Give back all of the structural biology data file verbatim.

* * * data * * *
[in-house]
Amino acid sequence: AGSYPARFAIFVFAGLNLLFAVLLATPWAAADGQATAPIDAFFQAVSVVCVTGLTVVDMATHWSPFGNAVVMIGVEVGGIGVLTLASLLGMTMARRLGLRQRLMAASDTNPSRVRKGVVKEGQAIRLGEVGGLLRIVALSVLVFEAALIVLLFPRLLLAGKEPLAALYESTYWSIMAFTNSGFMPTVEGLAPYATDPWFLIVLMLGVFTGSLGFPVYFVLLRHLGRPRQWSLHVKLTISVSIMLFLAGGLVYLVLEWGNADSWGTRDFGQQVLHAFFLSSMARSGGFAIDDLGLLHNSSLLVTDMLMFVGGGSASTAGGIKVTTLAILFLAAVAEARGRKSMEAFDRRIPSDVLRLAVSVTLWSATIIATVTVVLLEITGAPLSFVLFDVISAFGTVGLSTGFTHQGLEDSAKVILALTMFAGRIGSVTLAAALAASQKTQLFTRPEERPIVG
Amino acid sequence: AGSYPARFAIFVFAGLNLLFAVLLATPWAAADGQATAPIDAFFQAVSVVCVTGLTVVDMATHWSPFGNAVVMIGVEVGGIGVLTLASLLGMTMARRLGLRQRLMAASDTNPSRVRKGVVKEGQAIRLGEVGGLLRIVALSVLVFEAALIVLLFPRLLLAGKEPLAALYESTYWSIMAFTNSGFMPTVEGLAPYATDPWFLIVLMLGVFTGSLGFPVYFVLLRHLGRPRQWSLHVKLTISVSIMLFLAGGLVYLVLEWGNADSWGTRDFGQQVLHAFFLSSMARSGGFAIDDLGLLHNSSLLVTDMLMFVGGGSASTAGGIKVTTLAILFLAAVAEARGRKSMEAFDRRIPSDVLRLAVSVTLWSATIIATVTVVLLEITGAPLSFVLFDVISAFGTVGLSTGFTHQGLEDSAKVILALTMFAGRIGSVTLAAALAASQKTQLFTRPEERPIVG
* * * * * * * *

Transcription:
[in-house]
Amino acid sequence: AGSYPARFAIFVFAGLNLLFAVLLATPWAAADGQATAPIDAFFQAVSVVCVTGLTVVDMATHWSPFGNAVVMIGVEVGGIGVLTLASLLGMTMARRLGLRQRLMAASDTNPSRVRKGVVKEGQAIRLGEVGGLLRIVALSVLVFEAALIVLLFPRLLLAGKEPLAALYESTYWSIMAFTNSGFMPTVEGLAPYATDPWFLIVLMLGVFTGSLGFPVYFVLLRHLGRPRQWSLHVKLTISVSIMLFLAGGLVYLVLEWGNADSWGTRDFGQQVLHAFFLSSMARSGGFAIDDLGLLHNSSLLVTDMLMFVGGGSASTAGGIKVTTLAILFLAAVAEARGRKSMEAFDRRIPSDVLRLAVSVTLWSATIIATVTVVLLEITGAPLSFVLFDVISAFGTVGLSTGFTHQGLEDSAKVILALTMFAGRIGSVTLAAALAASQKTQLFTRPEERPIVG
Amino acid sequence: AGSYPARFAIFVFAGLNLLFAVLLATPWAAADGQATAPIDAFFQAVSVVCVTGLTVVDMATHWSPFGNAVVMIGVEVGGIGVLTLASLLGMTMARRLGLRQRLMAASDTNPSRVRKGVVKEGQAIRLGEVGGLLRIVALSVLVFEAALIVLLFPRLLLAGKEPLAALYESTYWSIMAFTNSGFMPTVEGLAPYATDPWFLIVLMLGVFTGSLGFPVYFVLLRHLGRPRQWSLHVKLTISVSIMLFLAGGLVYLVLEWGNADSWGTRDFGQQVLHAFFLSSMARSGGFAIDDLGLLHNSSLLVTDMLMFVGGGSASTAGGIKVTTLAILFLAAVAEARGRKSMEAFDRRIPSDVLRLAVSVTLWSATIIATVTVVLLEITGAPLSFVLFDVISAFGTVGLSTGFTHQGLEDSAKVILALTMFAGRIGSVTLAAALAASQKTQLFTRPEERPIVG